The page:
This to me communicates much more of the Lil’s experience than the simple plate of crullers—though the original photo is beautiful and the food looks delicious. Adding a human element in business photography is always a good idea, and offering a first impression of the atmosphere extends an invitation to participate more fully.

Other notes: I kept a plate of crullers on the homepage, but made it one of the lower, smaller images, and I updated the street side sign image, as the street side sign was changed from metal to wood two years in. I also noticed that neither the images nor headers for "Story" and "Menu" were links to other pages on the Lil's site, so I took care of that.


Lil’s Cafe Page One: Menu

This was actually the first page I updated, as to me it was the lowest-hanging fruit in terms of opportunity.

Lil’s Cafe “Menu” page had been updated a handful of times since the cafe opened, but mostly to omit obsolete content. By the time I got to it the page was basically blank, linking to a PDF of the current menu, and boasting a large gray content block with almost nothing in it—I could tell this was clearly intended to be addressed later but never got followed up on; all that was in it was a photo of coffee bags and a nonspecific allusion to beverages offered.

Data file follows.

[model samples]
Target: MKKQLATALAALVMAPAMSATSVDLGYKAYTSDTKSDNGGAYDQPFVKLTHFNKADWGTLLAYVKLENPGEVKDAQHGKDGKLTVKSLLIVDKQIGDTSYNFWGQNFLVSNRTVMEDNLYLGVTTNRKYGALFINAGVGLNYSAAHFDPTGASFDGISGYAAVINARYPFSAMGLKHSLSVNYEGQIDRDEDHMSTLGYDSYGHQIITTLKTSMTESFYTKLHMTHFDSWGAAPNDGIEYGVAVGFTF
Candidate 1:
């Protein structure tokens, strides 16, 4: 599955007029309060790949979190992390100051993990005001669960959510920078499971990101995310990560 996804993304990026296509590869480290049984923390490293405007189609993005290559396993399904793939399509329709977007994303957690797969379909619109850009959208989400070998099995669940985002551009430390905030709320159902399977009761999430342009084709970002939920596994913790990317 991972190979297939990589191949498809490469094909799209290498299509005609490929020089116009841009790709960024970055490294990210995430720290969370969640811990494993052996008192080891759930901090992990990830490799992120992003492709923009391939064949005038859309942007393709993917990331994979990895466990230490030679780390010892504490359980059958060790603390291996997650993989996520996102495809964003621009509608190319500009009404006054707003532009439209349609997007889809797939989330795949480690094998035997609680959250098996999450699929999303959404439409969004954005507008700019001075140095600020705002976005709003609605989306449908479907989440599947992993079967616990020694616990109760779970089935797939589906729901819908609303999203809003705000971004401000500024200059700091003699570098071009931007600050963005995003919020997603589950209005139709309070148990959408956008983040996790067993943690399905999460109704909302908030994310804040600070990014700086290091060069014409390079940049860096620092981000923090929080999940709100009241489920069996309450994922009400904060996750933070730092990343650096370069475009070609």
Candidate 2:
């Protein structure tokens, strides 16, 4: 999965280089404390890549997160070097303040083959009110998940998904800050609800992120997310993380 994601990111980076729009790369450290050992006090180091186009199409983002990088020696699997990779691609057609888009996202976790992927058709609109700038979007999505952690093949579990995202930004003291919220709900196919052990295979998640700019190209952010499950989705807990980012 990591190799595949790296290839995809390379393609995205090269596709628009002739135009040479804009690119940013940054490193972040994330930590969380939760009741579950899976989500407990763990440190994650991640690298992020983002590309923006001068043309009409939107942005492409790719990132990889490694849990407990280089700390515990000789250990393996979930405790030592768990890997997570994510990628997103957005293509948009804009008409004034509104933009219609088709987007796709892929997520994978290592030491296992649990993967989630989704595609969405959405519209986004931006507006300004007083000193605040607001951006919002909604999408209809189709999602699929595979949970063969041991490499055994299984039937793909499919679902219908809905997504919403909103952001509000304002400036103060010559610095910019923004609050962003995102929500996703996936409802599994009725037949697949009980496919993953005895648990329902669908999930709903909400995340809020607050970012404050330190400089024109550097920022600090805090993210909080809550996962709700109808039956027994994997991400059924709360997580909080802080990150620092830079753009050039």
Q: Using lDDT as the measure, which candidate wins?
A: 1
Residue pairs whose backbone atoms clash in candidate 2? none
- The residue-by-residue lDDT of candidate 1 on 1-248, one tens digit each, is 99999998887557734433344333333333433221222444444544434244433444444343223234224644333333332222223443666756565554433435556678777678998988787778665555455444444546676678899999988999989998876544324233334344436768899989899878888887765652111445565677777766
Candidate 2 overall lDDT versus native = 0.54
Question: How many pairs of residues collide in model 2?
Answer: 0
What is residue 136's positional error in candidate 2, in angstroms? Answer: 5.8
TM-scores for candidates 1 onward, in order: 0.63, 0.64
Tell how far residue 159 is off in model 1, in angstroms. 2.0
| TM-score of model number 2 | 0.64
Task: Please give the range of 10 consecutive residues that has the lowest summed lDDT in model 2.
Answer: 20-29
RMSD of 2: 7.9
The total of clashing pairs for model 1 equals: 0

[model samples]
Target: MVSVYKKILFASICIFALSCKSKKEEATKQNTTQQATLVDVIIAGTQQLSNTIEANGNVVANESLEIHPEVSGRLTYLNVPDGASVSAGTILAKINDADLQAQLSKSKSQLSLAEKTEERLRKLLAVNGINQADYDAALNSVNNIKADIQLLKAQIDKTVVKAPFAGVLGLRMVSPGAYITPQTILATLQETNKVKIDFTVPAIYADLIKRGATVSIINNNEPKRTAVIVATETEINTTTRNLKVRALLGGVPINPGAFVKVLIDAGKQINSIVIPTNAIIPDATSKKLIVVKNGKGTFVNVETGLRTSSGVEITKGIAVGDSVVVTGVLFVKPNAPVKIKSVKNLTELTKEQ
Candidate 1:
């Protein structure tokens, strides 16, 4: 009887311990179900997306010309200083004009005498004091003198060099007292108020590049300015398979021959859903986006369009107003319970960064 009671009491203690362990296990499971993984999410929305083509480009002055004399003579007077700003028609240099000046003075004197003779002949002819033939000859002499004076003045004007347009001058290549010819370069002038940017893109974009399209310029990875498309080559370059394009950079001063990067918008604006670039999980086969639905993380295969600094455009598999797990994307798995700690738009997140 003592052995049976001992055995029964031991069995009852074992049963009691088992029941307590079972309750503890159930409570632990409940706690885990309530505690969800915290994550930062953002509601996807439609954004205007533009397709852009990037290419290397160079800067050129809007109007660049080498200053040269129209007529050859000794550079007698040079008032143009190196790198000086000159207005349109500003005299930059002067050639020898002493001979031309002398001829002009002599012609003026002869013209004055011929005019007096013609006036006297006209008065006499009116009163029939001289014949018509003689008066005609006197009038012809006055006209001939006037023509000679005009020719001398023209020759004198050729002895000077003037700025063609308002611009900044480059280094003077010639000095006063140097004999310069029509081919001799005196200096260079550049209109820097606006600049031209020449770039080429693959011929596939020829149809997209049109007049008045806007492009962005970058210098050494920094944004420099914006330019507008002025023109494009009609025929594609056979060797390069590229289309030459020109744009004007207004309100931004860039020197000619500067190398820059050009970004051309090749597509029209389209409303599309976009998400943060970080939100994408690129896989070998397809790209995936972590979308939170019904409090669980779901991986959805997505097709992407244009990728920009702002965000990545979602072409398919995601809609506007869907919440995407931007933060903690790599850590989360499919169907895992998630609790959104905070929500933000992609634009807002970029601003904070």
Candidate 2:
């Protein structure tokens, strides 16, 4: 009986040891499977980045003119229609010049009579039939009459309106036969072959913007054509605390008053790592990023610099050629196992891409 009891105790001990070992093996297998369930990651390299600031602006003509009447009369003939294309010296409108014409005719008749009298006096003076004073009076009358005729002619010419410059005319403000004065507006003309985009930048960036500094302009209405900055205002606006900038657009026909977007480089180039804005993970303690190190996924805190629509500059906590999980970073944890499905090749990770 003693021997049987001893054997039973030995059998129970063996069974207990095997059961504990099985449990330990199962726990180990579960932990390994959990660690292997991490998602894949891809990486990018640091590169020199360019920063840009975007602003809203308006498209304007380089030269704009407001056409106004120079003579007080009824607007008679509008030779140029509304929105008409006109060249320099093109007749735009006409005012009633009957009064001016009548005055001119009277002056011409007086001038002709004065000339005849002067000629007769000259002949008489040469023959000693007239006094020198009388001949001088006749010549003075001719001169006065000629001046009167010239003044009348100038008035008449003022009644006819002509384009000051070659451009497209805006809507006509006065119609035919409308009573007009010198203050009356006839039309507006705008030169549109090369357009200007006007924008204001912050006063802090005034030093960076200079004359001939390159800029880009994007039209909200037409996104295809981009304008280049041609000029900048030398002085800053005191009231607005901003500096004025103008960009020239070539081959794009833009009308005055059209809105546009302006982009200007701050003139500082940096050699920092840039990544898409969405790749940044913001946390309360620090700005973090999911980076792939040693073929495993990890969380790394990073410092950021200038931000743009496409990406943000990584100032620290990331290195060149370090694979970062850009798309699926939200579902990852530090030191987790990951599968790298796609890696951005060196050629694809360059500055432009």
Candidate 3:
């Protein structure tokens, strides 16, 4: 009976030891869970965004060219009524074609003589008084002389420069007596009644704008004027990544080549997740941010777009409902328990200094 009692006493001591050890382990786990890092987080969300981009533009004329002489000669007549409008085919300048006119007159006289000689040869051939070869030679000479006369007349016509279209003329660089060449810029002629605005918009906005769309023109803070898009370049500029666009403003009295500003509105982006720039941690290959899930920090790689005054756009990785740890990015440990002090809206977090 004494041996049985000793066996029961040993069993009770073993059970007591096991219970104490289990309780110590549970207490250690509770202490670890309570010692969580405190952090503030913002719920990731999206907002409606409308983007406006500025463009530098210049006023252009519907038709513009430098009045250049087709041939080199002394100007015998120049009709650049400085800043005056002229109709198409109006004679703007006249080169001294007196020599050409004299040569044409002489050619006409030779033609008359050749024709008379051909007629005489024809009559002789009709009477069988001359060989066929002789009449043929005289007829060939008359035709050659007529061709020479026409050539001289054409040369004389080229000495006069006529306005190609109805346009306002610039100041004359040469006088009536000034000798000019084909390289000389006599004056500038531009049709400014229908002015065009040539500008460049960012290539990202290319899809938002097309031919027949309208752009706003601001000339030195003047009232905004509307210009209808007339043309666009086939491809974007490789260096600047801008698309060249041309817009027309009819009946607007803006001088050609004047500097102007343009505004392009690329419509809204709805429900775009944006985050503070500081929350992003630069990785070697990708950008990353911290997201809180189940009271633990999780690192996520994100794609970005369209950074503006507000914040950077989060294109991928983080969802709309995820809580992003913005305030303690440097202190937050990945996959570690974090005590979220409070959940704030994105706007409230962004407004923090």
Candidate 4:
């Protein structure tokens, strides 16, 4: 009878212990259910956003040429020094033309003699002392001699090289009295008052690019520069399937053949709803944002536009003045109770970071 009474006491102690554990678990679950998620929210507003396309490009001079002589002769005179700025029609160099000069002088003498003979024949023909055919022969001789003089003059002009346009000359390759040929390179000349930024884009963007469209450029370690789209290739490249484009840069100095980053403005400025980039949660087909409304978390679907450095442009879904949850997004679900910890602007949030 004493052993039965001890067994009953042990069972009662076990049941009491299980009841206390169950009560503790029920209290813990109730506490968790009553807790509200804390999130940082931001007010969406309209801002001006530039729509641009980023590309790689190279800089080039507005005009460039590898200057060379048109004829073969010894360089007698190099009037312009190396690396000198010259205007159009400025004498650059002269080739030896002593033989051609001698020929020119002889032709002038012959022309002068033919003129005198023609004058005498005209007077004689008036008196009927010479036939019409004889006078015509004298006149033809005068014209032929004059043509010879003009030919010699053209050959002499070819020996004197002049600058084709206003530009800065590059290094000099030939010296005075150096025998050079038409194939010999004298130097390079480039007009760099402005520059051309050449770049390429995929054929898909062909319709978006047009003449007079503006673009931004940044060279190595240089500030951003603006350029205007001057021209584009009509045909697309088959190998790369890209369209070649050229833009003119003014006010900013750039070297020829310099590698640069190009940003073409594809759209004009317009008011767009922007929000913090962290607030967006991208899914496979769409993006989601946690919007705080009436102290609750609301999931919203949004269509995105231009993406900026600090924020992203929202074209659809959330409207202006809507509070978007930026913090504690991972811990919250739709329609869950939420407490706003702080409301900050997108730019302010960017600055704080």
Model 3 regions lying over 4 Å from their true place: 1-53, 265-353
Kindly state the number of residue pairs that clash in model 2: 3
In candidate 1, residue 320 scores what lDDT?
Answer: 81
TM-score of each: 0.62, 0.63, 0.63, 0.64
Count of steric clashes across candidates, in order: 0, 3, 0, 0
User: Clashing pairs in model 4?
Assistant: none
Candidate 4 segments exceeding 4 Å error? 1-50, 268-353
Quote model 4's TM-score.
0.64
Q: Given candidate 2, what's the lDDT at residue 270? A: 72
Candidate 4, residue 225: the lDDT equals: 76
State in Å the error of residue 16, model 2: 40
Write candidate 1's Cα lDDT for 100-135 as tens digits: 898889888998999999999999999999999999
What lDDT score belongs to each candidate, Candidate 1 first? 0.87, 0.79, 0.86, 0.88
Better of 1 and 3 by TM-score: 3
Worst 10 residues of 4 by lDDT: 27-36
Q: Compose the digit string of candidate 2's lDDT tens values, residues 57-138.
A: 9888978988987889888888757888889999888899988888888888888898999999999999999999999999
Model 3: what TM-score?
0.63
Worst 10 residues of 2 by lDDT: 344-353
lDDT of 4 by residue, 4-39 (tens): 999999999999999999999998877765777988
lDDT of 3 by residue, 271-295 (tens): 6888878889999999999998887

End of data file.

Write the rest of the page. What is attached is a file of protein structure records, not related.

My update:

I removed the photo of the coffee bags (all of the coffees shown were out of season, anyway), and replaced it with a photo of one of the baristas holding a latte complete with art. This image did two things—first, it added a human element to the page, and two, it told a story about the experience at Lil’s. “We pay so much attention to craft and detail, you even get professional latte art in every cup.”

With this new image, I changed the description of what is offered for beverages at Lil’s Cafe. Where before we read a list of basic drink names, I added in some life, describing locally-sourced milk, locally-roasted coffee, and some ideas on how to personalize a drink to your specific taste—all things that reflect the values of Lil’s barista team.